Guest: Katharine Ashe on Dreams and Prophesies

Do you remember your dreams?

I have a friend who remembers all his dreams. Every single one of them. His is a gentle insanity, a madness born of no respite from a battering unreal reality. He is a historian, and only rests when he climbs into his scholarship. In the violent past of the places he studies, he finds a peace that eludes him in waking.

But his case is unusual, to be sure. Dreams needn’t always dine upon conflict.

Some dreams are merely curious. My husband had a dream a few days ago in which I informed him nonchalantly that I had a boyfriend at the public library. Suffice it to say, I do not. I’m a one-guy kind of woman. But I do like the library. For the books.

There are also the dreams of hoping. Dreams of fantasy. The dream where I am ice skating across a dazzling plaza spread out like diamonds before a sparkling Taj Mahal. All is quiet. With the wind dashing cool across my cheeks, I swizzle across the ice and leap into a into a triple toe jump. I am grace incarnate.

Fantasy.

Then there are prophetic dreams. The ones that tell us the future, or very nearly what we believe the future holds. The sort that shamans, priests, and wise women the world over will only explain in cryptic terms. These dreams give me the uber-chills.

Here’s the thing: I believe dreams are born of passion.

In college I took a course called “Religion and Psychology.” In this class we learned theories of dream analysis. (Or maybe it’s called dream interpretation. I had a crush on a guy in that class so I may have missed some notes.) Famously, Sigmund Freud believed that dreams were all about “wish fulfillment.” He argued that in dreams our subconscious takes over where our conscious dares not tread, especially into the realm of suppressed sexuality.

I am not a good Freudian. At least not when it comes to dreams. I’ve had plenty of scary dreams that I do not wish to happen. Not in a million years.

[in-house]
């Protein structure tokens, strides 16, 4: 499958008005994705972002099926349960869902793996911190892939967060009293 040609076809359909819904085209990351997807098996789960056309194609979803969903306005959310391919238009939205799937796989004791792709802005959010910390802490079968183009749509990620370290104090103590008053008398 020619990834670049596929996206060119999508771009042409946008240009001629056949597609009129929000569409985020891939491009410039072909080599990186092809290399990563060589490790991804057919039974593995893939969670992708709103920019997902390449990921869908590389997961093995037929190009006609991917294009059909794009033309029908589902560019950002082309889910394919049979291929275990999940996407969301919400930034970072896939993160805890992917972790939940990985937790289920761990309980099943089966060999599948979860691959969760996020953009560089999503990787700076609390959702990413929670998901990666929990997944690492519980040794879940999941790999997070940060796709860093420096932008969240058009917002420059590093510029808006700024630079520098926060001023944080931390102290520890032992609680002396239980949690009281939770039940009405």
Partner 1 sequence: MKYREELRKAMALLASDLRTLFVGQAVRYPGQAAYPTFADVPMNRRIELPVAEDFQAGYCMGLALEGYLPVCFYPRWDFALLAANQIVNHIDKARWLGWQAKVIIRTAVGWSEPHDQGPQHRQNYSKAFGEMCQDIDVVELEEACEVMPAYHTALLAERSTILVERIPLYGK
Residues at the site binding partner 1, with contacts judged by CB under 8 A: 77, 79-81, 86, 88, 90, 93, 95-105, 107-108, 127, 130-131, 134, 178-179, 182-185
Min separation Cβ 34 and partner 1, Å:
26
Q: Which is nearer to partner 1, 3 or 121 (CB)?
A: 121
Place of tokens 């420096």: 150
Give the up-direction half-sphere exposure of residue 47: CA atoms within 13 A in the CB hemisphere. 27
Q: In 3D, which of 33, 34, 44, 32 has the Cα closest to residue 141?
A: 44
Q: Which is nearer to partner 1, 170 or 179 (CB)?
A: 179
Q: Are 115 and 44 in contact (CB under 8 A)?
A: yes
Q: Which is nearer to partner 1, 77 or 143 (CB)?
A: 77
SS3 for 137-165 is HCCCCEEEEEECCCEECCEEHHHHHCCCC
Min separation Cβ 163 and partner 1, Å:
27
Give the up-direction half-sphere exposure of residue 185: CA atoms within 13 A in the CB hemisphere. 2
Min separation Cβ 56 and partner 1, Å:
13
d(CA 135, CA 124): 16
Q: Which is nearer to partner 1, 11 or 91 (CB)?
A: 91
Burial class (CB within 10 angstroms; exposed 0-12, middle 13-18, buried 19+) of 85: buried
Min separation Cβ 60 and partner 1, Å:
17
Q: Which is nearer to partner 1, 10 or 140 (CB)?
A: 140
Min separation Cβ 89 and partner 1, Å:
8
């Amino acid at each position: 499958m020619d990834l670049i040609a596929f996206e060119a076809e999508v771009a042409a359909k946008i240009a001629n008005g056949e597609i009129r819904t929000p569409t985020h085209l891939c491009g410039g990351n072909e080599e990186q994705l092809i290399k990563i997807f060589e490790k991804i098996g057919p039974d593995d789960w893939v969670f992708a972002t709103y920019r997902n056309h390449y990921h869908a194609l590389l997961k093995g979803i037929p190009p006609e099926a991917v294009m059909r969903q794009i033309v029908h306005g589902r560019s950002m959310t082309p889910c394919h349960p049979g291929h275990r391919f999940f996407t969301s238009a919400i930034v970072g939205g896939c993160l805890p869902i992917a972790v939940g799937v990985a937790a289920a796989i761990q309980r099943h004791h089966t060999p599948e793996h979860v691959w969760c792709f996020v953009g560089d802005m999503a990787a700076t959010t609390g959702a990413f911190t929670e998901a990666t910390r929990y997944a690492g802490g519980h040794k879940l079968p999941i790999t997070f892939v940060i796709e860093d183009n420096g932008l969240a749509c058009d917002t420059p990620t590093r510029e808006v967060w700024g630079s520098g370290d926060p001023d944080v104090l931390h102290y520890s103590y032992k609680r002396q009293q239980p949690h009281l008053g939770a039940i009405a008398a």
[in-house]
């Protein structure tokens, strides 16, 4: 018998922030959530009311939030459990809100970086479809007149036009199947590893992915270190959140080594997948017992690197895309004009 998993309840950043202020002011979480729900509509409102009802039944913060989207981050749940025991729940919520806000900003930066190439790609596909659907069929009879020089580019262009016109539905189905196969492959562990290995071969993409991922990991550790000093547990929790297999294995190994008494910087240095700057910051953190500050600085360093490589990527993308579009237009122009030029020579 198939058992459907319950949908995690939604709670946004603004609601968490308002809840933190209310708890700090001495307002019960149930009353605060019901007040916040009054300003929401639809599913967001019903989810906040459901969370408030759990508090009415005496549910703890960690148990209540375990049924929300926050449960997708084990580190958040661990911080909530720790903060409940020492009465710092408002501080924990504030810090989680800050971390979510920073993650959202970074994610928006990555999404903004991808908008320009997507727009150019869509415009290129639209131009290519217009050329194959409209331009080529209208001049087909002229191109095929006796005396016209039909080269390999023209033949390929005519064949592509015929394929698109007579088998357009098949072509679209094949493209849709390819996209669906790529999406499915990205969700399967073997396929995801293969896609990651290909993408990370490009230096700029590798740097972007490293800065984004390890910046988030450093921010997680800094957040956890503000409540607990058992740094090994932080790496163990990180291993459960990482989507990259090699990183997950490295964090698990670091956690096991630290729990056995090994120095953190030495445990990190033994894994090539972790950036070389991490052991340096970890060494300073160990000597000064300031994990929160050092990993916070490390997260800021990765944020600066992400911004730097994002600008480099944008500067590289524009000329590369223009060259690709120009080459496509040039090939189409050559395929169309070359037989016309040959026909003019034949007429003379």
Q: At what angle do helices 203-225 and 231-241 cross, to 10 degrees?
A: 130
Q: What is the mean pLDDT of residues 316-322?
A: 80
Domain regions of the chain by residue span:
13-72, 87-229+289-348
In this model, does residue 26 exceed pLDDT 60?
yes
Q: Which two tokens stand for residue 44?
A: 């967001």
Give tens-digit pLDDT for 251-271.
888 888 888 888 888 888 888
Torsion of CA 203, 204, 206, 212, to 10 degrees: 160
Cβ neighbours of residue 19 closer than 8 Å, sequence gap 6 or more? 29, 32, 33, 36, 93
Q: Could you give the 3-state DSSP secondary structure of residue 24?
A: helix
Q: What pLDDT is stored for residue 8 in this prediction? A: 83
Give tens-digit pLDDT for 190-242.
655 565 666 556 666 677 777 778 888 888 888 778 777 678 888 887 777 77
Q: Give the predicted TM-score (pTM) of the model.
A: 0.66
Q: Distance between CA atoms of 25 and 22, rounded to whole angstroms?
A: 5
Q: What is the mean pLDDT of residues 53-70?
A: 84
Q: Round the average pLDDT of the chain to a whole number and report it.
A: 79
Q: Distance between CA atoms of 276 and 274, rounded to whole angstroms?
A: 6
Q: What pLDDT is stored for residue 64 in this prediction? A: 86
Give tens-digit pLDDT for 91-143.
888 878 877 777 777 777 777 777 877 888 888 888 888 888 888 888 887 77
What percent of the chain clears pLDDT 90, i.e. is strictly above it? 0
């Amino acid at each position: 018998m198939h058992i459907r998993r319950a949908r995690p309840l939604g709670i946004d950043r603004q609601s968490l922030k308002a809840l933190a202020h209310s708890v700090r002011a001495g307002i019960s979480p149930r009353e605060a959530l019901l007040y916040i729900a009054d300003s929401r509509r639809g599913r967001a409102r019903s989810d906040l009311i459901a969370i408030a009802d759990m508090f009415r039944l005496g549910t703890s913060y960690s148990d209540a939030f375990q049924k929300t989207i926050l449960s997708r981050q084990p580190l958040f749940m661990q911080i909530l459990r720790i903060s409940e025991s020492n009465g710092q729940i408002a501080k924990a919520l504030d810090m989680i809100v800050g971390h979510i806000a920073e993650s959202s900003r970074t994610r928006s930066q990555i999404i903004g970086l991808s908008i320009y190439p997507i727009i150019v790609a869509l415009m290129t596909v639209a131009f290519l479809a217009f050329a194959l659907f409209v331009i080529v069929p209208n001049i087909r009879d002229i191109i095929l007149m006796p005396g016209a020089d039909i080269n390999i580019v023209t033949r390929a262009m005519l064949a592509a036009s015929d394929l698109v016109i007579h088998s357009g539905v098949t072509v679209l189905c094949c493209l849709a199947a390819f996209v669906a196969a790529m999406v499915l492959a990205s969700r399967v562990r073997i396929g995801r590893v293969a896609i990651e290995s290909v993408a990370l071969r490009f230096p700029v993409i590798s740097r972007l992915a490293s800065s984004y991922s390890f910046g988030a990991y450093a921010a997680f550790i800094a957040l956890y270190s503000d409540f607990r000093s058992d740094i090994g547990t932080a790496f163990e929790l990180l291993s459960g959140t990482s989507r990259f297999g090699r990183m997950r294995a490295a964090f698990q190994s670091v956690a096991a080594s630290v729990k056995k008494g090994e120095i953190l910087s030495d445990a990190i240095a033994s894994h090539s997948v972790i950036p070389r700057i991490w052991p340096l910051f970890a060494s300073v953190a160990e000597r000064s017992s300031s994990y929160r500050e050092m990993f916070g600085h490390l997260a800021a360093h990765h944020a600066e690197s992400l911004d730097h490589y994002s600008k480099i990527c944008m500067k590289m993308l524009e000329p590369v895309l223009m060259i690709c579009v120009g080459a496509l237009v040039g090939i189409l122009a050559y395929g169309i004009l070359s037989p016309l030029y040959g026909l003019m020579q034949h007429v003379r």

But I just said I believe dreams are born of passion. There is however (as all romance readers know) a great deal more to passion than sexual urges. And real passion is not about suppression. It is about freedom. It is about reaching and longing and seeking heaven, bliss—not only with the spirit, but with heart, body, mind and everything all tangled together.

The Swiss psychologist Carl Jung had a rather spiritual approach to dream analysis that I particularly like. Jung believed that dreams open a channel to the unconscious mind. Through this communication, we can achieve wholeness within ourselves and ultimately with one another. This Is Very Cool. It makes dreams into something much bigger than playgrounds for the frustrations of everyday life. It recognizes them as fuel for epics.

In my debut historical romance, Swept Away By a Kiss, the heroine, Lady Valerie Monroe, dreams. Her dreams disturb her, occasionally frighten, and she’s not able to make sense of them. Not until she discovers a deeper meaning to them. Meaning that draws together the passion burning in her body and heart with the passions of the man she desires. Her dreams, she discovers, are about her longings and his, and a great deal more as well.

Do you remember your dreams? What is the craziest dream you’ve ever had?

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Katharine Ashe lives in the wonderfully warm Southeast with her husband, son, two dogs, and a garden she likes to call romantic rather than unkempt. A professor of European history, she has made her home in California, Italy, France, and the northern US. RT Book Reviews awarded her debut historical romance, Swept Away By a Kiss, a “TOP PICK!” review, calling it “a page-turner and a keeper.” Please visit her at www.katharineashe.com.

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Readers, Katharine is giving away a copy of Swept Away By a Kiss to a lucky commenter who answers the question: Do you remember your dreams? What is the craziest dream you’ve ever had? To finish your entry into our drawing, be sure to leave your email address in your comment so we can contact you if you are chosen as the winner. The winner will be chosen on Thursday, September 30.